Note "current->uid = 0", not "current->uid == 0”, = vs == has a very different result.

By passing in __WCLONE|__WALL the blackhat is root.

Redhat Hack

Alleged Red Hat Compromise

Uncreal IRCD Hack

June 12, 2010 at 9:17 am Unreal ircd anounces that the server distrobution had been backdoored since at least NOVEMBER 2009!!

The backdoor consisted of 9 LINES in struct.h.

Many security researchers used this server for communications. Who knows what was lost, what other compromises this lead to. Here is the code:

Here is how it’s triggered:

The AB likely refers to one of the most sophisticated blackhat groups of all time, ac1db1tch3z.

Blackhat Operational Structure

In around 2016 I designed a system that allowed the user to use a shopping cart style web page to generate malware for many different types of systems with 100s of endpoint actions and anti-analysis techniques. In around 2017 I was shocked to discover a blackhat tool, in use in the wild, that did the same but with way more capabilities. They could generate implants for windows, linux, osx, and mobile platforms, that weren't detected by current AV signatures, and which were hard to analyze, in seconds.

So how does the blackhat community work? Obviously there are exceptions and lots I don't know but this is my current understanding.

Communication via private, invite only, live chat systems. Historically IRC, AIM, SILC, private servers and web systems. Currently Telegram, Signal, private systems.

Vetting process usually requiring a "vouch" from a known blackhat and likely proof if illegal activity.

Breakdown of Focus and Skills

One individual or group will be focused on:

  • Collecting shells on targets
  • Source Code Theft
  • Vulnerability discovery
  • Exploit Development (ROP, Continuation of Execution, stability)
  • Implant / Post Exploitation Tooling
  • Social Engineering (Lots of targeting mobile phone companies to bypass MFA)
  • Infrastructure (proxies, VPNs, misattribution, tool storage)
  • Credential Harvesting / Cracking
  • Payment / $ Management (cryptocoin, SWIFT, moving currency)

All of these things are traded. For example lets say I have a shell on a VMware corporate network host. I might provide access to the shell in exchange for an 0day against an internal system or for a good implant I can use to expand my access. If I am writing exploits I might exchange an 0day for access to Microsoft source code. Sometimes people work together, sometimes as individuals just trading. Groups coalesce, conduct an operation, and then disband.

I know of one blackhat who, when they were 14, compromised a non-US nation state air gapped system. The target believed they were dealing with a sophisticated nation adversary attack.

You have to respect their capabilities, organization, and skillset, even if you disagree with their actions.

Methodologies Comparison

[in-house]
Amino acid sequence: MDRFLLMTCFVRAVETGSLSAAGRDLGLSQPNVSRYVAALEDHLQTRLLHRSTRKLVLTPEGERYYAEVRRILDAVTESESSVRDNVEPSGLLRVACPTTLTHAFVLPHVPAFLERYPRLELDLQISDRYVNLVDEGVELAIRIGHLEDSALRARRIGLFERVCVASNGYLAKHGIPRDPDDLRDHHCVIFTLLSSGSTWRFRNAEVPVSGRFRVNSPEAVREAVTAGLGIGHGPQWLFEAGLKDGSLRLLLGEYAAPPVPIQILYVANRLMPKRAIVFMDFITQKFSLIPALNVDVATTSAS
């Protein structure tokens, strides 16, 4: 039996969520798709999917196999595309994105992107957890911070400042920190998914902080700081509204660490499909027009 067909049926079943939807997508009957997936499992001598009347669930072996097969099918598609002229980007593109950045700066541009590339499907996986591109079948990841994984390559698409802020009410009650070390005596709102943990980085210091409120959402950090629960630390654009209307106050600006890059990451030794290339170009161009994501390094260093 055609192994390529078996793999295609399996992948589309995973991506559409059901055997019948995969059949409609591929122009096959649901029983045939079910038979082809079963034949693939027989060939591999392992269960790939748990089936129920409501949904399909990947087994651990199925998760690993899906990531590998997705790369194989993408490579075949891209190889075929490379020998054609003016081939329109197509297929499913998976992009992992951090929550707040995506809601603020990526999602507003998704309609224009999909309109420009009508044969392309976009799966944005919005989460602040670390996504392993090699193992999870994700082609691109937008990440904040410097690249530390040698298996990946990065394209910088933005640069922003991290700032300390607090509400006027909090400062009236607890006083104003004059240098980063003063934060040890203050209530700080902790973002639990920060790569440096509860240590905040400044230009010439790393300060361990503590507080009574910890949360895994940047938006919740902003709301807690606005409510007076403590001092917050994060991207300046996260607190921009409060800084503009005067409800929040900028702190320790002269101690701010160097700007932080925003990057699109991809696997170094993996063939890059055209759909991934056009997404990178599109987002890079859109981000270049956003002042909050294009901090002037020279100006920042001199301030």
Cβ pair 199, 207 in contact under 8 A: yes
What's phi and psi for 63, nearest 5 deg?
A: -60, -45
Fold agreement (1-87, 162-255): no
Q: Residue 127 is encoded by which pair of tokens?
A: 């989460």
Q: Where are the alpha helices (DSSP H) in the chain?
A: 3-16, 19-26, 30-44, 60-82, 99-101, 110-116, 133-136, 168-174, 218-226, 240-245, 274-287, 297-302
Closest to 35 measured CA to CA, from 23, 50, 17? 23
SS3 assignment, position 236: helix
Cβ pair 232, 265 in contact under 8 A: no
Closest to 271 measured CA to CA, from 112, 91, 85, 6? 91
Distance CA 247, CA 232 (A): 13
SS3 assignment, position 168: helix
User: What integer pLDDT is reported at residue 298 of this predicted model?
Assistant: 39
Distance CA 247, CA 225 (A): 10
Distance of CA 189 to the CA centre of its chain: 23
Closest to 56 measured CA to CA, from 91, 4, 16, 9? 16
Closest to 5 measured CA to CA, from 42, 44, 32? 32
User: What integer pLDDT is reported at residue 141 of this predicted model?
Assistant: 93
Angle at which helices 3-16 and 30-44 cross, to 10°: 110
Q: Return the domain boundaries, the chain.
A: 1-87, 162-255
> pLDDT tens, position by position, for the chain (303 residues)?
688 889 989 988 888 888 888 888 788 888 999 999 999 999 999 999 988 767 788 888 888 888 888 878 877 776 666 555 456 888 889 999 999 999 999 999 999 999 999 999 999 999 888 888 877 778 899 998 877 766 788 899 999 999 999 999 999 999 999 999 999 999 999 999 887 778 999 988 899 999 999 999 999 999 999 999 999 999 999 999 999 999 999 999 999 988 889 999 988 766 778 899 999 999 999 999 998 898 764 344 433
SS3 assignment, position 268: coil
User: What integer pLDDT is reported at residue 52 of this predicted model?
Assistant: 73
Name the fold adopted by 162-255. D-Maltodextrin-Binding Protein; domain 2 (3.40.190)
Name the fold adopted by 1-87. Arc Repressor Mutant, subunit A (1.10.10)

Blackhats and security professionals have very different goals

Tester Goals

Blackhat Goals

·         Focus on racking up numbers of hacked machines   

·         Data to fill reports

·         Identify mitigations

·         How to prevent the attack

·         Vulnerability footprint, not penetration

o    Often identifying accessible
data is secondary goal

·         No downtime for the customer

o    DoS usually not allowed

o    Even if it facilitates access via reboot, etc.

·         No modifications

o    Typically can’t change:

§  Customer source code

§  Databases

·         Testing the response and detection mechanisms

o    Did the IDS catch us? Did they do anything?

·         Wide ranging

·         Data, not just access focused

·         Targeting specific trusts

o    People weakest link in trust chains

·         Semi-unrelated access that
may provide stepping stone

o    6 degrees of separation

o    Any box on any
network 6 deg away from target

·         Access to source

o    Let THEM do the hacking for you

o    They infect their own system
with backdoored updates

·         Source enables more assets

·         Material to trade with other Blackhats

They also have very different methodology approaches:

Tester Methodologies

Blackhat Methodologies

·         Information Gathering

o    Heavy focus on scans

§  Massive NMAPs / Nessus normal

o    Some overlap with Black Hat's

§  DNS / Domain lookup records

§  Google hacking

§  Personnel googling

o    Less concern for detection

·         Vulnerability Assessment

o    Almost always automated scanners

§  Detectable & fingerprintable

o    Often a guess at potential vulnerability

o    Focus on risk & threat analysis

§  Vulnerability Consequences

·         How does this hurt client business

·         Do they stand to
lose money / customers?

·         How likely is attack to occur

·         Exploitation

o    Download and run public exploits

o    Use of commercial frameworks

o    Match up with Vuln Scan results

o    Often no testing, run live against customer

·         Data Collection

o    Screenshots

o    Sample documents

§  Just enough to prove access

o    Little Analysis of attack paths

o    No prolonged infiltration

§  No long term sniffing / keylogging





·         Information Gathering

o    Nothing is off limits

o    If needed info resides on un-related box
its still in scope

o    Social networking

o    Call up target and ask for info

§  Call targets friends, co workers, family

·         Vulnerability Assessment

o    Attacker’s often know what’s
vulnerable ahead of time

§  No need for noisy scans

o    More efficient method than white hat’s trial & error

o    Stolen source code

§  Trojaned

§  Audited for 0days

o    Non-traditional vulnerabilities

o    Example:

§  Software distro & licensing application

§  In house written by target

§  Installed on every computer

§  Runs with domain admin account privileges

§  Password changed every x min time interval

·         Accessible clear text in